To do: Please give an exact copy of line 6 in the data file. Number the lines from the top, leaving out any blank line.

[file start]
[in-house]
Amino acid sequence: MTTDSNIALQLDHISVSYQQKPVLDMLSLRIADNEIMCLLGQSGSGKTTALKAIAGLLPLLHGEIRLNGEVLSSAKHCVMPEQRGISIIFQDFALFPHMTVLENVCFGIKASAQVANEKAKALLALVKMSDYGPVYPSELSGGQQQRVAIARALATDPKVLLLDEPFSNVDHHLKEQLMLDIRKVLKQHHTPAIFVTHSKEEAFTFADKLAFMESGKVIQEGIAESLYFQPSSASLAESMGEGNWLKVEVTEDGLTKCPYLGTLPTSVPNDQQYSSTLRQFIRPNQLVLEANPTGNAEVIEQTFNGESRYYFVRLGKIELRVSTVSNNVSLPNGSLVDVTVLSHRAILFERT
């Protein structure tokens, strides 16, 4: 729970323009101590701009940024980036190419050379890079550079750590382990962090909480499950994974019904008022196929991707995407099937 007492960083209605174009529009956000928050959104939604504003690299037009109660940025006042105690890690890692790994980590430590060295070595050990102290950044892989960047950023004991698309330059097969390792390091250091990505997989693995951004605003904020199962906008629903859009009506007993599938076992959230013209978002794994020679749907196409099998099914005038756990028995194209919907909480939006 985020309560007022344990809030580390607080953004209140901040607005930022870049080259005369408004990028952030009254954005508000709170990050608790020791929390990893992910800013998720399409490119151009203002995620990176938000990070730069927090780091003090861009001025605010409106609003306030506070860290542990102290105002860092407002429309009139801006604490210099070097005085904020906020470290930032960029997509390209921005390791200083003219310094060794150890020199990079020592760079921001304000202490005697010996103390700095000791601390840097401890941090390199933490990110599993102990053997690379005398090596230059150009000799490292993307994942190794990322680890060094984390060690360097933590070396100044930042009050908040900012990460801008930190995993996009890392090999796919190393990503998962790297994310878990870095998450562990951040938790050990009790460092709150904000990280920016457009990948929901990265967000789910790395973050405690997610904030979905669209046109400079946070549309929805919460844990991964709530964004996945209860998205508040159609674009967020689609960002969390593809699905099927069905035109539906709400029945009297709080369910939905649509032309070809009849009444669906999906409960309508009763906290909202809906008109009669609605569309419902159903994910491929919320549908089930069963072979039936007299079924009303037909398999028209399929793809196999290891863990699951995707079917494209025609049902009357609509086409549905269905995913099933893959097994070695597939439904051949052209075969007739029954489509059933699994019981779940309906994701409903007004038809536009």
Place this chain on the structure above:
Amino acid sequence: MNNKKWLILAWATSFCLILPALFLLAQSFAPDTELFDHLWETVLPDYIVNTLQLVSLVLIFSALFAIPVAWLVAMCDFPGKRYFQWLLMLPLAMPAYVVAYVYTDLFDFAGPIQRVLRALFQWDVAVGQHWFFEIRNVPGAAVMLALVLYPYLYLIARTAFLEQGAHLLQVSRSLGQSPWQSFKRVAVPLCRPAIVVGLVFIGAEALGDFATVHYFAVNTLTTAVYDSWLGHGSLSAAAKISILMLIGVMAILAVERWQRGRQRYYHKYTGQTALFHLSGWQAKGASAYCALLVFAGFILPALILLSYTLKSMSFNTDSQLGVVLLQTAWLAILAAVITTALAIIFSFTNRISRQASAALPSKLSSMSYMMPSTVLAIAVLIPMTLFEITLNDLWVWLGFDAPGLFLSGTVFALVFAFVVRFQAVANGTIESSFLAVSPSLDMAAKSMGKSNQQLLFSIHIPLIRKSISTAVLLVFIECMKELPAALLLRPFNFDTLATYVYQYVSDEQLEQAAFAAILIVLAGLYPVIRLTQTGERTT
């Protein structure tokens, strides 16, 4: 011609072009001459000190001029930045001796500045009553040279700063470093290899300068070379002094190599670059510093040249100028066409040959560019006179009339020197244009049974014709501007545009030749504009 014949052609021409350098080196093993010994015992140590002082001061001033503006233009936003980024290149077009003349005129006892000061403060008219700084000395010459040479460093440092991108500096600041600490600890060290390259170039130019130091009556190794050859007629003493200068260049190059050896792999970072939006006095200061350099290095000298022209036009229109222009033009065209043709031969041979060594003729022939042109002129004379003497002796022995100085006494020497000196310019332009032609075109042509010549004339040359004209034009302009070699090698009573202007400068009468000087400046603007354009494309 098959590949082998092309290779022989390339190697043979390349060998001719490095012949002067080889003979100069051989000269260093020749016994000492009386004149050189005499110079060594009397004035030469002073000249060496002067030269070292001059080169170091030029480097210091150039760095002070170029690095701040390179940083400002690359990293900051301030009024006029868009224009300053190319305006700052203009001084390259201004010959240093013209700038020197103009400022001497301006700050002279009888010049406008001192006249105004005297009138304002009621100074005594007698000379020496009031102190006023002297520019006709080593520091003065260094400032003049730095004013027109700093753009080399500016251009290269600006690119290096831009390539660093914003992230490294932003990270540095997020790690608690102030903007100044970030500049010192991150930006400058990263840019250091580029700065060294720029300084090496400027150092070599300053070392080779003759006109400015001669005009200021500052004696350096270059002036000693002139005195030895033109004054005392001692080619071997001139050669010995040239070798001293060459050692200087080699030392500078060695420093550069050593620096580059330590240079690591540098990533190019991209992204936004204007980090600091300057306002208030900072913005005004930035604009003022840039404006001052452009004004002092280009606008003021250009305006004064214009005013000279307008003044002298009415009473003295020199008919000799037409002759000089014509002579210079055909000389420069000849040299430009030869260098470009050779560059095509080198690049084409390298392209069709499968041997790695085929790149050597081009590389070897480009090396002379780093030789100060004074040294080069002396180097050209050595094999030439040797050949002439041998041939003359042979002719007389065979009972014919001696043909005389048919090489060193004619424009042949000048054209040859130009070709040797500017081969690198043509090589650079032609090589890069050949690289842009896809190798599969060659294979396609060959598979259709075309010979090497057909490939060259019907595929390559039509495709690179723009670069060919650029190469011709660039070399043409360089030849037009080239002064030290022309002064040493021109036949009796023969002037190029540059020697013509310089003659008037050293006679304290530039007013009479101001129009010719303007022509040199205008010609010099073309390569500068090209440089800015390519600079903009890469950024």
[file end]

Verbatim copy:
């Protein structure tokens, strides 16, 4: 011609072009001459000190001029930045001796500045009553040279700063470093290899300068070379002094190599670059510093040249100028066409040959560019006179009339020197244009049974014709501007545009030749504009 014949052609021409350098080196093993010994015992140590002082001061001033503006233009936003980024290149077009003349005129006892000061403060008219700084000395010459040479460093440092991108500096600041600490600890060290390259170039130019130091009556190794050859007629003493200068260049190059050896792999970072939006006095200061350099290095000298022209036009229109222009033009065209043709031969041979060594003729022939042109002129004379003497002796022995100085006494020497000196310019332009032609075109042509010549004339040359004209034009302009070699090698009573202007400068009468000087400046603007354009494309 098959590949082998092309290779022989390339190697043979390349060998001719490095012949002067080889003979100069051989000269260093020749016994000492009386004149050189005499110079060594009397004035030469002073000249060496002067030269070292001059080169170091030029480097210091150039760095002070170029690095701040390179940083400002690359990293900051301030009024006029868009224009300053190319305006700052203009001084390259201004010959240093013209700038020197103009400022001497301006700050002279009888010049406008001192006249105004005297009138304002009621100074005594007698000379020496009031102190006023002297520019006709080593520091003065260094400032003049730095004013027109700093753009080399500016251009290269600006690119290096831009390539660093914003992230490294932003990270540095997020790690608690102030903007100044970030500049010192991150930006400058990263840019250091580029700065060294720029300084090496400027150092070599300053070392080779003759006109400015001669005009200021500052004696350096270059002036000693002139005195030895033109004054005392001692080619071997001139050669010995040239070798001293060459050692200087080699030392500078060695420093550069050593620096580059330590240079690591540098990533190019991209992204936004204007980090600091300057306002208030900072913005005004930035604009003022840039404006001052452009004004002092280009606008003021250009305006004064214009005013000279307008003044002298009415009473003295020199008919000799037409002759000089014509002579210079055909000389420069000849040299430009030869260098470009050779560059095509080198690049084409390298392209069709499968041997790695085929790149050597081009590389070897480009090396002379780093030789100060004074040294080069002396180097050209050595094999030439040797050949002439041998041939003359042979002719007389065979009972014919001696043909005389048919090489060193004619424009042949000048054209040859130009070709040797500017081969690198043509090589650079032609090589890069050949690289842009896809190798599969060659294979396609060959598979259709075309010979090497057909490939060259019907595929390559039509495709690179723009670069060919650029190469011709660039070399043409360089030849037009080239002064030290022309002064040493021109036949009796023969002037190029540059020697013509310089003659008037050293006679304290530039007013009479101001129009010719303007022509040199205008010609010099073309390569500068090209440089800015390519600079903009890469950024």